“All truth passes through three stages. First, it is ridiculed. Second, it is violently opposed. Third, it is accepted as being self-evident.”
Arthur Schopenhauer, German philosopher (1788 – 1860)
When analyzing a political crime in the absence of a final judicial verdict, the obvious thinking process comes to mind. Who was the victim? What did they do? Who did they provoke? The same applies to the martyrs of Lebanon from the March 14 political coalition.
Let us go back to Aug. 2004. Lebanon is witnessing unprecedented political turmoil, and its pro-Syrian regime President Emile Lahoud is about to get his mandate extended.
On Sept. 2, 2004, the United Nations adopts Resolution 1559, stating: “The Security Council declared its support for a free and fair presidential election in Lebanon conducted according to Lebanese constitutional rules devised without foreign interference or influence and, in that connection, called upon all remaining foreign forces to withdraw from Lebanon.”
In the face of the U.N. resolution, and on the very next day of its adoption, the Lebanese parliament - considered largely unrepresentative of the people - votes by 96 to 29 in favor of extending Lahoud's mandate by three years, despite nationwide opposition.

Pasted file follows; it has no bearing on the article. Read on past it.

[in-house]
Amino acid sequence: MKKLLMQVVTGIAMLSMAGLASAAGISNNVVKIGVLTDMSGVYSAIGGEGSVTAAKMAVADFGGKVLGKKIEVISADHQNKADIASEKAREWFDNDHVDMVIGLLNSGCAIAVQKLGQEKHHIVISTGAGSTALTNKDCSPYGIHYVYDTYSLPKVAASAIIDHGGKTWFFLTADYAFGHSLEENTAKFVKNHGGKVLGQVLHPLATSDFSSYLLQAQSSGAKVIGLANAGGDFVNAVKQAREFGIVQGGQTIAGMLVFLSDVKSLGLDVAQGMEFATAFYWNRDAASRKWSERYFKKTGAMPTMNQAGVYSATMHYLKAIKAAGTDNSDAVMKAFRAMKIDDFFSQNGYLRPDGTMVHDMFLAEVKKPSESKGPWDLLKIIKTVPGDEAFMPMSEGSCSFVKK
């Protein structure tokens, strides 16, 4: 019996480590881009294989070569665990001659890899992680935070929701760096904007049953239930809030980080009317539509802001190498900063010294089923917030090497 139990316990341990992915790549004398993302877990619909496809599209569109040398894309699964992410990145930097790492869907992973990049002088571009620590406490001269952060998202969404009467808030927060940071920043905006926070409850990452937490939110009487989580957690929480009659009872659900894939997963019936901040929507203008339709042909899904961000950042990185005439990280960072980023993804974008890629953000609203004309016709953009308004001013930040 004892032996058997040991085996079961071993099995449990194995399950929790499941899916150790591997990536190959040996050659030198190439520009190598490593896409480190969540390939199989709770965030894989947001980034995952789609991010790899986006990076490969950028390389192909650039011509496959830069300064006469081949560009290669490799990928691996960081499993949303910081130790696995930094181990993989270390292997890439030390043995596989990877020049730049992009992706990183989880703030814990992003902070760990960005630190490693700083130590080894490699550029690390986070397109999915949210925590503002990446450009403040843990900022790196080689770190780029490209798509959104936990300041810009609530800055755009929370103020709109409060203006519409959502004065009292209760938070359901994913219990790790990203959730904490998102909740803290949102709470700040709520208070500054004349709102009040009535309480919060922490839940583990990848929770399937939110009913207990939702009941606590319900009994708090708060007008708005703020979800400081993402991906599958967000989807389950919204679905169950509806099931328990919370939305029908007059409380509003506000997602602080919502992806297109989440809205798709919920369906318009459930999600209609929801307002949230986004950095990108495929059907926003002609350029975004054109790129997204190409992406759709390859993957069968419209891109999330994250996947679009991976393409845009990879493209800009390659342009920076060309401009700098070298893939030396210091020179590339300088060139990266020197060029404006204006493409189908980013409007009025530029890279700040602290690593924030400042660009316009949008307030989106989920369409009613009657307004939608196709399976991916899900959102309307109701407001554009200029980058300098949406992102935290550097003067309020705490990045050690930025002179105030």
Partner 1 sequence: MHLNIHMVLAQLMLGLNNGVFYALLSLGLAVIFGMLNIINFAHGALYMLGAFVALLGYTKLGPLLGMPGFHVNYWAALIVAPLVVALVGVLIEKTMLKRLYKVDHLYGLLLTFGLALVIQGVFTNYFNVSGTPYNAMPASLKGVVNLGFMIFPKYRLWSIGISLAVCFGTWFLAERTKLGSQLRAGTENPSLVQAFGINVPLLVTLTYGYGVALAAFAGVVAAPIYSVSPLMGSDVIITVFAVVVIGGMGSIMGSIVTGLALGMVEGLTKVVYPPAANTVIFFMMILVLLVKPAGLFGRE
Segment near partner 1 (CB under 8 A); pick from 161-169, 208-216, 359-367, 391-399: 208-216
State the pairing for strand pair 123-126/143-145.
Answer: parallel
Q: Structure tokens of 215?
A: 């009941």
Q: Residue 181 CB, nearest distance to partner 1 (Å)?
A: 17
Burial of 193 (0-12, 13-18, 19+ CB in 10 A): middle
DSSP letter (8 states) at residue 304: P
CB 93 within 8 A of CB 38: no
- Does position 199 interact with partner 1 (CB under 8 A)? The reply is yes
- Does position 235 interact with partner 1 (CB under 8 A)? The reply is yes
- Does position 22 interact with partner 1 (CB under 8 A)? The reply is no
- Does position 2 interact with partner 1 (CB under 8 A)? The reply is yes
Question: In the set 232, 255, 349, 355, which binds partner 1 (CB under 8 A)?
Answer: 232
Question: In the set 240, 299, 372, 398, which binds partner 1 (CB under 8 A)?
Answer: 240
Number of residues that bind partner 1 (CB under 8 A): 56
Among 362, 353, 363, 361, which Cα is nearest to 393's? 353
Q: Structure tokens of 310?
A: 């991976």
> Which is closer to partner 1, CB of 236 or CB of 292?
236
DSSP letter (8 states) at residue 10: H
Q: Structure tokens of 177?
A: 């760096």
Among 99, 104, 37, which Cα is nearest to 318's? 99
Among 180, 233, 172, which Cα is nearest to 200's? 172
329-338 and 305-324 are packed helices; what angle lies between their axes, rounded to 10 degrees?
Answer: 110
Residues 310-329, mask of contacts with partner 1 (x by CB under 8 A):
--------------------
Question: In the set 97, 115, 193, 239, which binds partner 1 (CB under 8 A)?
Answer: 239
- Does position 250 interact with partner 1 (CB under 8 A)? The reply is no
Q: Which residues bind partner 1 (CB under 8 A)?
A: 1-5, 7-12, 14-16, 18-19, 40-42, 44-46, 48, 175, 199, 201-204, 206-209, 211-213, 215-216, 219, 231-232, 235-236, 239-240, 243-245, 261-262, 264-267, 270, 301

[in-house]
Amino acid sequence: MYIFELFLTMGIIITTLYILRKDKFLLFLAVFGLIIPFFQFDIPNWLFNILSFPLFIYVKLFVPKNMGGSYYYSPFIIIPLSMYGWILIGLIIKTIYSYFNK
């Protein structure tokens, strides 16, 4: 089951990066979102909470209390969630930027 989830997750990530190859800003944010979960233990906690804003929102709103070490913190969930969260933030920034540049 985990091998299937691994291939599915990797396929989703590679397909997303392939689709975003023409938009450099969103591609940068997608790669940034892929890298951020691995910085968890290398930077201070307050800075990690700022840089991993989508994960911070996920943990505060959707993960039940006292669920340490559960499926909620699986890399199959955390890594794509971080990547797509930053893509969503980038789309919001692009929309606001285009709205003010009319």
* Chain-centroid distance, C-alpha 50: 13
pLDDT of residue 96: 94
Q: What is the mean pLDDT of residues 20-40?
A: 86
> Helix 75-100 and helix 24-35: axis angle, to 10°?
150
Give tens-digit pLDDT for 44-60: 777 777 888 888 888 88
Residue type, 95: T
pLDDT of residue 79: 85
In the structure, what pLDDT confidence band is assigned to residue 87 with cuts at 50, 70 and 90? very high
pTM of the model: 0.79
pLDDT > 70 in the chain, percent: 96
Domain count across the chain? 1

A main opposition figure at that time, Walid Jumblatt - head of the Progressive Socialist Party - stood against this extension. MPs of his electoral bloc, others from the Future Movement, and independent figures voted against. They were popularly called “The List of Honor.”
On Oct. 1, 2004, Marwan Hamadeh, a minister and prominent member of Jumblatt’s party (and the List of Honor), survived a car bomb attack in Beirut, but his bodyguard was killed. The blast was only the beginning of a series of assassinations of Lebanese politicians and journalists, mostly anti-Syrian regime figures.
Lebanon’s civil society was silently boiling. One after the other, prominent political figures were joining the national opposition to the Syrian regime’s occupation of Lebanon, which was until then constituted mainly of Christian parties and some secular democratic groups. One key personality was about to give the opposition its biggest political boost: former Prime Minister Rafiq Hariri.
On Feb. 14, 2005, a terrorist attack took place in downtown Beirut, killing 23 people and injuring over 200. The target was Hariri, who was killed along with former Minister Bassel Fleihan. Hariri’s political and economical weight, not only in Lebanon but also regionally and internationally, prompted popular anger; it was the last straw.
People took to the streets to demand the Syrian regime’s withdrawal from Lebanon, and to seek justice for Hariri and his companions. Lebanon’s biggest popular revolution gathered people from different backgrounds and communities under one political umbrella. The pro-Syrian regime Lebanese government resigned, and Syrian troops left Lebanon in April 2005.
Free parliamentary elections took place in June 2005, and the March 14 coalition - named after the popular uprising that took place on that date - won the majority of seats. Hezbollah continued siding with the Syrian regime. The party and its allies have consistently resisted any attempt to seek an international trial for Hariri.